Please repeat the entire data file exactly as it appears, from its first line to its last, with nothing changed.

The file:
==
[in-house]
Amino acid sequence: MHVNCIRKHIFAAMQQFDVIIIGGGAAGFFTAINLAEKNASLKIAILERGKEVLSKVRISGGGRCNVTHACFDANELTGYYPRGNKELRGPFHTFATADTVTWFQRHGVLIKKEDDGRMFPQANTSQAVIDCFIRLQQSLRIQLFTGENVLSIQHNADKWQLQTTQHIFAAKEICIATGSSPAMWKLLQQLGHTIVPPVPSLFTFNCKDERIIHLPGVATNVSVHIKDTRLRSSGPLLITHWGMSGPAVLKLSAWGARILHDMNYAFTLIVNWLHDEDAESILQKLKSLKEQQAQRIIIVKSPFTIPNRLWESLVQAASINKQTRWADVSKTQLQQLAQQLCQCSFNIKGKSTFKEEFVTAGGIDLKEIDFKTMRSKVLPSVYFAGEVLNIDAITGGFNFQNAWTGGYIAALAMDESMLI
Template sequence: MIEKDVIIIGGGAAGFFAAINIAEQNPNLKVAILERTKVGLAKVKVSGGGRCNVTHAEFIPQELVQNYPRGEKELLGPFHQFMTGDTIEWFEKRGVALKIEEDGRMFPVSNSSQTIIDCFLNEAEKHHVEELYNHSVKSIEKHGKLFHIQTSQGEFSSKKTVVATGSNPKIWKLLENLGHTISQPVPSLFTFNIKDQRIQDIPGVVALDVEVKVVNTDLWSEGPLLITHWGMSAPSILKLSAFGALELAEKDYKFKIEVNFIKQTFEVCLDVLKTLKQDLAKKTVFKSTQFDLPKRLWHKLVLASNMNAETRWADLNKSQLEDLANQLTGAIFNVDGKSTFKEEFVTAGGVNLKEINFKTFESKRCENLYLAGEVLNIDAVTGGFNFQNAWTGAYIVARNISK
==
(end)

[in-house]
Amino acid sequence: MHVNCIRKHIFAAMQQFDVIIIGGGAAGFFTAINLAEKNASLKIAILERGKEVLSKVRISGGGRCNVTHACFDANELTGYYPRGNKELRGPFHTFATADTVTWFQRHGVLIKKEDDGRMFPQANTSQAVIDCFIRLQQSLRIQLFTGENVLSIQHNADKWQLQTTQHIFAAKEICIATGSSPAMWKLLQQLGHTIVPPVPSLFTFNCKDERIIHLPGVATNVSVHIKDTRLRSSGPLLITHWGMSGPAVLKLSAWGARILHDMNYAFTLIVNWLHDEDAESILQKLKSLKEQQAQRIIIVKSPFTIPNRLWESLVQAASINKQTRWADVSKTQLQQLAQQLCQCSFNIKGKSTFKEEFVTAGGIDLKEIDFKTMRSKVLPSVYFAGEVLNIDAITGGFNFQNAWTGGYIAALAMDESMLI
Template sequence: MIEKDVIIIGGGAAGFFAAINIAEQNPNLKVAILERTKVGLAKVKVSGGGRCNVTHAEFIPQELVQNYPRGEKELLGPFHQFMTGDTIEWFEKRGVALKIEEDGRMFPVSNSSQTIIDCFLNEAEKHHVEELYNHSVKSIEKHGKLFHIQTSQGEFSSKKTVVATGSNPKIWKLLENLGHTISQPVPSLFTFNIKDQRIQDIPGVVALDVEVKVVNTDLWSEGPLLITHWGMSAPSILKLSAFGALELAEKDYKFKIEVNFIKQTFEVCLDVLKTLKQDLAKKTVFKSTQFDLPKRLWHKLVLASNMNAETRWADLNKSQLEDLANQLTGAIFNVDGKSTFKEEFVTAGGVNLKEINFKTFESKRCENLYLAGEVLNIDAVTGGFNFQNAWTGAYIVARNISK